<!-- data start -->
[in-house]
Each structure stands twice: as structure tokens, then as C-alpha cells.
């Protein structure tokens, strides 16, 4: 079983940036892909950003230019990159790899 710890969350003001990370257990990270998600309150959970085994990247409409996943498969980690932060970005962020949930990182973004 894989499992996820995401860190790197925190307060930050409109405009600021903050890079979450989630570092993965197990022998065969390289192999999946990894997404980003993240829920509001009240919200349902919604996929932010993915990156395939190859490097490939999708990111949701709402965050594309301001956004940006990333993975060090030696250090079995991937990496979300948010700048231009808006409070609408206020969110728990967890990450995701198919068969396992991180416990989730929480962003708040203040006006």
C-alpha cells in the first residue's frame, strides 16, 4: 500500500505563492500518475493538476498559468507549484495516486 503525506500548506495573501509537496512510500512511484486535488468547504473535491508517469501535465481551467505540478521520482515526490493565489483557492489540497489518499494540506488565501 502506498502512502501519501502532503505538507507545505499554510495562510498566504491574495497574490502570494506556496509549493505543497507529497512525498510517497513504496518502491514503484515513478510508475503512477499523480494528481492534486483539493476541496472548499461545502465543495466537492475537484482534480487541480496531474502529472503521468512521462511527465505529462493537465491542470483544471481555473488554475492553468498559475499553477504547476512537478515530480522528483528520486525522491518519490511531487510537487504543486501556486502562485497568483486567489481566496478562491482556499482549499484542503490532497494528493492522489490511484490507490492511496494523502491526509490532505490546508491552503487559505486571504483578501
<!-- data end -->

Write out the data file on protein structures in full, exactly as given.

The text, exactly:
[in-house]
Each structure stands twice: as structure tokens, then as C-alpha cells.
């Protein structure tokens, strides 16, 4: 079983940036892909950003230019990159790899 710890969350003001990370257990990270998600309150959970085994990247409409996943498969980690932060970005962020949930990182973004 894989499992996820995401860190790197925190307060930050409109405009600021903050890079979450989630570092993965197990022998065969390289192999999946990894997404980003993240829920509001009240919200349902919604996929932010993915990156395939190859490097490939999708990111949701709402965050594309301001956004940006990333993975060090030696250090079995991937990496979300948010700048231009808006409070609408206020969110728990967890990450995701198919068969396992991180416990989730929480962003708040203040006006």
C-alpha cells in the first residue's frame, strides 16, 4: 500500500505563492500518475493538476498559468507549484495516486 503525506500548506495573501509537496512510500512511484486535488468547504473535491508517469501535465481551467505540478521520482515526490493565489483557492489540497489518499494540506488565501 502506498502512502501519501502532503505538507507545505499554510495562510498566504491574495497574490502570494506556496509549493505543497507529497512525498510517497513504496518502491514503484515513478510508475503512477499523480494528481492534486483539493476541496472548499461545502465543495466537492475537484482534480487541480496531474502529472503521468512521462511527465505529462493537465491542470483544471481555473488554475492553468498559475499553477504547476512537478515530480522528483528520486525522491518519490511531487510537487504543486501556486502562485497568483486567489481566496478562491482556499482549499484542503490532497494528493492522489490511484490507490492511496494523502491526509490532505490546508491552503487559505486571504483578501